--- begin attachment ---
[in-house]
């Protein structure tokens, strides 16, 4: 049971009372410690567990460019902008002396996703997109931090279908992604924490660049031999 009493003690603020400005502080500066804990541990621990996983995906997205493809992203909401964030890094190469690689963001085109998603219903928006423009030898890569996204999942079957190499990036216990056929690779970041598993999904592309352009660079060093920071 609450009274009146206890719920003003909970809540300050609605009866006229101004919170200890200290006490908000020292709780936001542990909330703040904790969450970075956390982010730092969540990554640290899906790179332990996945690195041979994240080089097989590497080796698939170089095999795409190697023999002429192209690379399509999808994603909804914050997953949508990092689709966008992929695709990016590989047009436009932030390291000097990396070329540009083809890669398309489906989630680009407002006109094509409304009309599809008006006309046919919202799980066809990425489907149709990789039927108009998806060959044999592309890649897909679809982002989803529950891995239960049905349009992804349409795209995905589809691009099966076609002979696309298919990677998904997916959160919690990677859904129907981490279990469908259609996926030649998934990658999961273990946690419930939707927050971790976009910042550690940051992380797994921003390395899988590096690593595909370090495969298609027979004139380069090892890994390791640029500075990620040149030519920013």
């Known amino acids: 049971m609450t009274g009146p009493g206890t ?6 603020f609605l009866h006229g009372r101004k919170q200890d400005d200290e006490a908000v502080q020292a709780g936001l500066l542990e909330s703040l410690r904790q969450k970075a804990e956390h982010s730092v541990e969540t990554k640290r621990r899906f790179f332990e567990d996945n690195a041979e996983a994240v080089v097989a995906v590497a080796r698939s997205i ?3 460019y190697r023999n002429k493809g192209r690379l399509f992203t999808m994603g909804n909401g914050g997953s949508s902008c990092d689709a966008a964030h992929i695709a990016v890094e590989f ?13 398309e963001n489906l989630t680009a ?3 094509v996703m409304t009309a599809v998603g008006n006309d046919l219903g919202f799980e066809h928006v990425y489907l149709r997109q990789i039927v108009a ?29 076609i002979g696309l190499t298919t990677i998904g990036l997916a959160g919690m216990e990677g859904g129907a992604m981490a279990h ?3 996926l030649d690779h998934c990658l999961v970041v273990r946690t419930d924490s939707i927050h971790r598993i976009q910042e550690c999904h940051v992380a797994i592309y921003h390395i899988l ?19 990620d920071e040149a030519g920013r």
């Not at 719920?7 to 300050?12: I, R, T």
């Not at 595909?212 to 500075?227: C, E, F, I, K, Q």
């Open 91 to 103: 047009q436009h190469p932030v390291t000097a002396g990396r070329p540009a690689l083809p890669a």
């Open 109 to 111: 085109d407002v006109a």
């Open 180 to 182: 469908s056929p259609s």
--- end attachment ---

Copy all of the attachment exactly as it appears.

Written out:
[in-house]
């Protein structure tokens, strides 16, 4: 049971009372410690567990460019902008002396996703997109931090279908992604924490660049031999 009493003690603020400005502080500066804990541990621990996983995906997205493809992203909401964030890094190469690689963001085109998603219903928006423009030898890569996204999942079957190499990036216990056929690779970041598993999904592309352009660079060093920071 609450009274009146206890719920003003909970809540300050609605009866006229101004919170200890200290006490908000020292709780936001542990909330703040904790969450970075956390982010730092969540990554640290899906790179332990996945690195041979994240080089097989590497080796698939170089095999795409190697023999002429192209690379399509999808994603909804914050997953949508990092689709966008992929695709990016590989047009436009932030390291000097990396070329540009083809890669398309489906989630680009407002006109094509409304009309599809008006006309046919919202799980066809990425489907149709990789039927108009998806060959044999592309890649897909679809982002989803529950891995239960049905349009992804349409795209995905589809691009099966076609002979696309298919990677998904997916959160919690990677859904129907981490279990469908259609996926030649998934990658999961273990946690419930939707927050971790976009910042550690940051992380797994921003390395899988590096690593595909370090495969298609027979004139380069090892890994390791640029500075990620040149030519920013």
């Known amino acids: 049971m609450t009274g009146p009493g206890t ?6 603020f609605l009866h006229g009372r101004k919170q200890d400005d200290e006490a908000v502080q020292a709780g936001l500066l542990e909330s703040l410690r904790q969450k970075a804990e956390h982010s730092v541990e969540t990554k640290r621990r899906f790179f332990e567990d996945n690195a041979e996983a994240v080089v097989a995906v590497a080796r698939s997205i ?3 460019y190697r023999n002429k493809g192209r690379l399509f992203t999808m994603g909804n909401g914050g997953s949508s902008c990092d689709a966008a964030h992929i695709a990016v890094e590989f ?13 398309e963001n489906l989630t680009a ?3 094509v996703m409304t009309a599809v998603g008006n006309d046919l219903g919202f799980e066809h928006v990425y489907l149709r997109q990789i039927v108009a ?29 076609i002979g696309l190499t298919t990677i998904g990036l997916a959160g919690m216990e990677g859904g129907a992604m981490a279990h ?3 996926l030649d690779h998934c990658l999961v970041v273990r946690t419930d924490s939707i927050h971790r598993i976009q910042e550690c999904h940051v992380a797994i592309y921003h390395i899988l ?19 990620d920071e040149a030519g920013r």
């Not at 719920?7 to 300050?12: I, R, T």
């Not at 595909?212 to 500075?227: C, E, F, I, K, Q």
């Open 91 to 103: 047009q436009h190469p932030v390291t000097a002396g990396r070329p540009a690689l083809p890669a």
């Open 109 to 111: 085109d407002v006109a």
């Open 180 to 182: 469908s056929p259609s």